If you have ever been interested in homeschooling, and have a toddler at home you came to the right place! As a former preschool teacher, I know how to homeschool a 2 year old!
Being a preschool teacher for so many years, really prepared me for homeschooling! As a mom of two, my little girl is currently at preschool age and we do homeschooling with her!
Homeschooling a 2 year old isn’t hard, but it’s important to know what you should be doing, and have a plan ahead of time to make sure your homeschooling journey starts off successfully!
I started to homeschool my daughter around 2 years old, and these are the exact steps I took to start our homeschooling journey together!
How To Homeschool A 2 Year Old
Focus on play-based learning at this age, Develop a daily routine, introduce developmentally appropriate activities, and encourage curiosity through hands-on learning. Most importantly remain flexible, prioritize spending quality time together, and adapt based on your child’s interests and developmental needs.
1. Determine Your Child’s Developmental Needs
For starters it is important to determine and understand your child’s developmental needs, this is critical for homeschooling effectively. As a preschool teacher, I have taught so many little ones, and they all have had different developmental needs, there isn’t a one size shoe fits all when teaching younger children.
Tailoring activities and lessons to your child’s individual needs ensures the personalized approach that homeschooling offers!
Recognizing and understanding developmental needs and milestones helps to start your homeschooling journey on the right path, and aids in creating a positive educational experience early on.
2. Decide What You Will Focus On
Keeping your child’s developmental needs in mind, you can decide what you will focus on first. Homeschooling for a 2-year-old looks a little different than homeschooling at kindergarten.
Most 2-year-olds are just starting to gain some independence, but still rely on adult help and supervision. Most of what you would teach at this age would be play-based learning and practical life skills. Below are some examples of things you could focus on.
- Letter Sounds
- Alphabet & Number Recognition
- Singing Abc’s
- Coloring, and drawing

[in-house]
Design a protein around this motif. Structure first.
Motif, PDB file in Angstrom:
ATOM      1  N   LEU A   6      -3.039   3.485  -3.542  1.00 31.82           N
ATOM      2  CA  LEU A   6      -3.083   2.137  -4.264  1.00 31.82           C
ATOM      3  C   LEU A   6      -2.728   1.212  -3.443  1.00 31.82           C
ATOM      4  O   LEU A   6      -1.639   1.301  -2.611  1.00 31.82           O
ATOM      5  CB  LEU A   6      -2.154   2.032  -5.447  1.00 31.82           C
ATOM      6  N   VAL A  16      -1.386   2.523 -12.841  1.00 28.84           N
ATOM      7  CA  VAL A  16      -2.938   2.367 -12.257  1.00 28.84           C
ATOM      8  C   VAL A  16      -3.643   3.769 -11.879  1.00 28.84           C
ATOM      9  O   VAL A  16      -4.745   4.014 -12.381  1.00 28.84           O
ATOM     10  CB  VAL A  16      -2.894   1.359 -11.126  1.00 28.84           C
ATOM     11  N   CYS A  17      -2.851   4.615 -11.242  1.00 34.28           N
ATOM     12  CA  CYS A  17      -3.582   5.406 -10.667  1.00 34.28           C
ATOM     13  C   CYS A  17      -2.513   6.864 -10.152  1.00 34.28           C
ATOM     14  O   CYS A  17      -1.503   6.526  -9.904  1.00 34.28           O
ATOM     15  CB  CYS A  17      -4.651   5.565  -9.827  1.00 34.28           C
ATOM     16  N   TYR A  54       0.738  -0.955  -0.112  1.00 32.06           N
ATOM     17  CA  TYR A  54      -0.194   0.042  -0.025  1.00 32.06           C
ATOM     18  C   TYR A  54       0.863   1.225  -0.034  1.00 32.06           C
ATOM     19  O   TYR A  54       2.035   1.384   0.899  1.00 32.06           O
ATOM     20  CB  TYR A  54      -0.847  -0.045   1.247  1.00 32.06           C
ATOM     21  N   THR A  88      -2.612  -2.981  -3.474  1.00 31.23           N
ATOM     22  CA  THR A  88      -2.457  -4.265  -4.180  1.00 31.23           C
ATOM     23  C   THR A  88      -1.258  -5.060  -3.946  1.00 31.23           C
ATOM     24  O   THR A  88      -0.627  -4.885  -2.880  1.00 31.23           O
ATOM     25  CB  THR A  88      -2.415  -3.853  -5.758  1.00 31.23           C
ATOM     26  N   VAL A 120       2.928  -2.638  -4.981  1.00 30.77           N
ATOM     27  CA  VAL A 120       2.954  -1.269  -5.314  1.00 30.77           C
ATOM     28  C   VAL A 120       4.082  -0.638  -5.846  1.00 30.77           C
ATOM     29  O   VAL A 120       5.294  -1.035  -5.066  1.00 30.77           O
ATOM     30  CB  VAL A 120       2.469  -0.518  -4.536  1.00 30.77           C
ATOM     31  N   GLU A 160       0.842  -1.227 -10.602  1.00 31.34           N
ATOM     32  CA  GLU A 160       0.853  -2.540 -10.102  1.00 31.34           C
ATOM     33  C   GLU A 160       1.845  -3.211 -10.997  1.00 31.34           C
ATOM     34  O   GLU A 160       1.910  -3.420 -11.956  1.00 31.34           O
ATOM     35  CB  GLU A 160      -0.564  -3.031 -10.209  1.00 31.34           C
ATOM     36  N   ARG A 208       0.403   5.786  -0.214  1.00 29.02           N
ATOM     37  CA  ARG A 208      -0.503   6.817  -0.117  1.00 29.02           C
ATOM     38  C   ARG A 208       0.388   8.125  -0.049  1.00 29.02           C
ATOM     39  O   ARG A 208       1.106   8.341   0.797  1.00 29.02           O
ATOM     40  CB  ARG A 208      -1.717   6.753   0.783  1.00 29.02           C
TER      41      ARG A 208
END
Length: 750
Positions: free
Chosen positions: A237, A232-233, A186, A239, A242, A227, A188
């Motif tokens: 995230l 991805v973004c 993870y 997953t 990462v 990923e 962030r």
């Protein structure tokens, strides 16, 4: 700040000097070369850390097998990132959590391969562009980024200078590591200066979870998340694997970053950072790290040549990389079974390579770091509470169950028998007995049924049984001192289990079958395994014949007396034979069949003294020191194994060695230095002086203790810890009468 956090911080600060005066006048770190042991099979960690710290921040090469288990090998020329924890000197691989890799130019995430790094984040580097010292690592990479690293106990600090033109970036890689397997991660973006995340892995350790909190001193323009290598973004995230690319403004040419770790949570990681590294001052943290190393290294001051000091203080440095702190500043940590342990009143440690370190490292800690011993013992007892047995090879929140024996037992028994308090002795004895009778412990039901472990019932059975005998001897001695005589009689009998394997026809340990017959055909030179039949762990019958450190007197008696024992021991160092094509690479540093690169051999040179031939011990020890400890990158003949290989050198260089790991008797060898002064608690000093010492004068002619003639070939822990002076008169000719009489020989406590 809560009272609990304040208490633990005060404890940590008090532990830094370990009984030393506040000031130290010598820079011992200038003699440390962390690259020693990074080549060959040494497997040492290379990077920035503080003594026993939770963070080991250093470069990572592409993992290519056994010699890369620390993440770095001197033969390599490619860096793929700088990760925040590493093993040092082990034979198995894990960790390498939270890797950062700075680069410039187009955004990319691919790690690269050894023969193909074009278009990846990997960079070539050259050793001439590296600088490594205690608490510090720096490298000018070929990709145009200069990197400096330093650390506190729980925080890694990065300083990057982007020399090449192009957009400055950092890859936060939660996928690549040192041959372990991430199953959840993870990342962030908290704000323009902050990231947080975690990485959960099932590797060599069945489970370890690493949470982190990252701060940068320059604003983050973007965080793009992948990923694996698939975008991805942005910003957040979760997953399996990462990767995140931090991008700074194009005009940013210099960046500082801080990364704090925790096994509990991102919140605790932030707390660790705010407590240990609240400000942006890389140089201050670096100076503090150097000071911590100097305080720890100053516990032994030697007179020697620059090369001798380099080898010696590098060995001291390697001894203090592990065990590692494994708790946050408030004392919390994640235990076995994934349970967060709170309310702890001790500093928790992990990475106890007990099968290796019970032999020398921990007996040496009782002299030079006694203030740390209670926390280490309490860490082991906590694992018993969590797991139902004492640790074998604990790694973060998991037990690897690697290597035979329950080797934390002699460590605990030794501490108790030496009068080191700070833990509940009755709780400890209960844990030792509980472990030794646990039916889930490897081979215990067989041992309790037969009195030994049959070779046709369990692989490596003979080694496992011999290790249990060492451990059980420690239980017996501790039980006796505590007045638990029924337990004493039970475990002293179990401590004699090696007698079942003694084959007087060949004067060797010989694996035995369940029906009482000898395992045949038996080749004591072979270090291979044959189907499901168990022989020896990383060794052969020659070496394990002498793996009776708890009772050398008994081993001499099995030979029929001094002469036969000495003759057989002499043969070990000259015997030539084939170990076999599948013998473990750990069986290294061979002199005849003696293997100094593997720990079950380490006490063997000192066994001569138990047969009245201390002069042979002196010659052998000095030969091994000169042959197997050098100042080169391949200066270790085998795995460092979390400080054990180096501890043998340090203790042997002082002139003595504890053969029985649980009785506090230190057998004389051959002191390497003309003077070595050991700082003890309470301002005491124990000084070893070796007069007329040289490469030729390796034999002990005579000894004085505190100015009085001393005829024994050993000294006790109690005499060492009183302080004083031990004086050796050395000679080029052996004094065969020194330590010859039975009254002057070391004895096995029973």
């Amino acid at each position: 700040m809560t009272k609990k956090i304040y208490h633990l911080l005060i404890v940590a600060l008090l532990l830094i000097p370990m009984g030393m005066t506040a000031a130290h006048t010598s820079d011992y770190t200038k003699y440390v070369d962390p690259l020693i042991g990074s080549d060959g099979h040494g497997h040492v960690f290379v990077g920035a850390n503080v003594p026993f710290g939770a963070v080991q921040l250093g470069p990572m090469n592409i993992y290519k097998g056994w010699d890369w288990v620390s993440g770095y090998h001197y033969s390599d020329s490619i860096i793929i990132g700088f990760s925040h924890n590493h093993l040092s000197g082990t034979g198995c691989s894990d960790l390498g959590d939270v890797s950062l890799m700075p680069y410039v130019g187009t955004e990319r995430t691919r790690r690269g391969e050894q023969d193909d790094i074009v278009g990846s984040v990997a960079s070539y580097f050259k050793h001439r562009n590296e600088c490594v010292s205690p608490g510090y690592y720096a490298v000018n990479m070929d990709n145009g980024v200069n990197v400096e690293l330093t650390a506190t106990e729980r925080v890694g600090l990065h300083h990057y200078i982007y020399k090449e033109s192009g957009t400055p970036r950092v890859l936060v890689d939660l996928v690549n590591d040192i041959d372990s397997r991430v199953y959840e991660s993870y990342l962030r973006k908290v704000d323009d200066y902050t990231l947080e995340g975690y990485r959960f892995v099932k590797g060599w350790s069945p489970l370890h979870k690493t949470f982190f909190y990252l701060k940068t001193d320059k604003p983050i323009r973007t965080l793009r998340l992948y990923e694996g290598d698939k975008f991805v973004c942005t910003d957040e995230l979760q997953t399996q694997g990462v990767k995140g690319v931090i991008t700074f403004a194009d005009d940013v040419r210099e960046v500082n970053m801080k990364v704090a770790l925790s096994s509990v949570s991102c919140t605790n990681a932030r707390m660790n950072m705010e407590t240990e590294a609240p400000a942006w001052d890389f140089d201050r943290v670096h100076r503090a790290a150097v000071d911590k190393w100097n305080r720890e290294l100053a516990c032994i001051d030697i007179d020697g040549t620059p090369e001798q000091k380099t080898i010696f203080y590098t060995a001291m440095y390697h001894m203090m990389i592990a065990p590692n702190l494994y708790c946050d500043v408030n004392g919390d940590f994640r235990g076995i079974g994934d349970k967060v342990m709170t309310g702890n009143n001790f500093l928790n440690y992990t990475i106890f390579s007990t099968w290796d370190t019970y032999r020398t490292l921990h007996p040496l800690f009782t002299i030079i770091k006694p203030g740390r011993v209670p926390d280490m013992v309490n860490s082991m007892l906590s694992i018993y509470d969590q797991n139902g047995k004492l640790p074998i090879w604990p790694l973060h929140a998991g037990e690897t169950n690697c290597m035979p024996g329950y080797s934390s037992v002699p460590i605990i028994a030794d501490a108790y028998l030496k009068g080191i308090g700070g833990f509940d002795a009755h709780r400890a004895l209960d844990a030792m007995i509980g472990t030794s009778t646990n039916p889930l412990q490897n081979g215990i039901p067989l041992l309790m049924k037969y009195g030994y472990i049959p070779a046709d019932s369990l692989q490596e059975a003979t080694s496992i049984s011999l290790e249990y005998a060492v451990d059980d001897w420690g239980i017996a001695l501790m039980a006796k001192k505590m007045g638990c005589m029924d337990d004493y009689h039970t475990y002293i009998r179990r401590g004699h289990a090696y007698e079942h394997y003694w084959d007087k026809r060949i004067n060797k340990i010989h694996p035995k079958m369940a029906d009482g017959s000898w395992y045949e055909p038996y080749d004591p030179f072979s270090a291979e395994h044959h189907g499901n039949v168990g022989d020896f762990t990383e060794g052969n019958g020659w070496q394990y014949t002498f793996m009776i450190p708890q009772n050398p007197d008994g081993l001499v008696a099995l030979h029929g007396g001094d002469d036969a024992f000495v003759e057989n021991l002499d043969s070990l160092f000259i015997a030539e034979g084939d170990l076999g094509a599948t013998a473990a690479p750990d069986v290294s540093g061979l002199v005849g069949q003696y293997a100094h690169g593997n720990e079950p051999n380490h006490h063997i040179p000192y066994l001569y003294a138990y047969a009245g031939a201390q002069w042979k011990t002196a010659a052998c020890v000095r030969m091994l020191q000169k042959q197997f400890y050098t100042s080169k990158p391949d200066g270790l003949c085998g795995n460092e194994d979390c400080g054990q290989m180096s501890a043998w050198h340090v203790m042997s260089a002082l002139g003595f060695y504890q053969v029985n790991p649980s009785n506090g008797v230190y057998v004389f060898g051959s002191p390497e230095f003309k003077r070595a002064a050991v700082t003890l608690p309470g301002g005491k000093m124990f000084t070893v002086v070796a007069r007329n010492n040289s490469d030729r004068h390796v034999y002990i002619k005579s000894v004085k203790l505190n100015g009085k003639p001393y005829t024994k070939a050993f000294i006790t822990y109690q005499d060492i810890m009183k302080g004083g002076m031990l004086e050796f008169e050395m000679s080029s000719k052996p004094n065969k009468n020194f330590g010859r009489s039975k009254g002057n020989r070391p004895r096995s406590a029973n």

- Fine motor skill activities
- Gross motor skill activities
- Learning to get dressed
- Meal Prep – Helping to prepare snacks and meals
- Potty Learning
- Washing hands
- Cleaning up after self
- Using buckles, buttons, and straps
Once you can pinpoint your children’s strengths and areas of improvement, you can decide what it is that you want to work on with them!
3. Create A Homeschooling Plan
Having a clear plan is important when balancing your child’s academics and everything that daily life throws at you.
It ensures you create more of a structured, but still flexible approach, nobody likes feeling overwhelmed!
4. Gather Materials & Supplies
Gathering most of the supplies and materials needed beforehand will save you a lot of stress initially. There is nothing more frustrating than trying to teach a lesson, but you have to keep stopping to find what you need!
To avoid this, try to gather materials and supplies the night before. I have found this strategy most helpful with my homeschooling journey.
5. Establish A Learning Routine
Homeschooling offers a lot of flexibility during the day, you can decide when starting lessons for the day is best. That’s why it’s important to create a learning routine!
Your learning routine can include when lessons will start, what subjects you would like to focus on first, and the overall flow of the learning time. I find that my daughter does best with a learning routine that starts shortly after breakfast. We begin with songs, reading games, and then move into whatever else we have planned for the day.
6. Schedule Outings & Playdates
For a well-rounded homeschooling experience it’s important to make getting out of the house, and socializing a major priority of your homeschooling journey!
Considering your little one isn’t in daycare or traditional school just yet. It’s important to schedule. things outside of the house as well.
When my daughter was this age, we did dance class once a week, and then I sprinkled in playdates throughout the week when I could.
7. Set a Daily Routine
Here is what a sample daily routine could look like when homeschooling a 2 year old:
- 7:00 am Wakeup
- 8:00 am Breakfast
- 9:00am Indeendent Play
- 10:00 am Morning Snack
- 10:15 – 11:15 am Learning Hour
- 11:25 – 12:15 pm Go Outside To Play
- 12:30 pm Lunchtime
- 1:00 – 2:30 pm Quiet Time | Nap time
- 2:45 pm Snacktime
- 3:00 pm – Go outdoors | Independent Play
It’s important to create a daily routine as an outline of your day. Keep in mind that on days that you do on outings, this routine may look a little different and that’s ok! Remember to be flexible, but also have a plan in motion to refer back to when needed!
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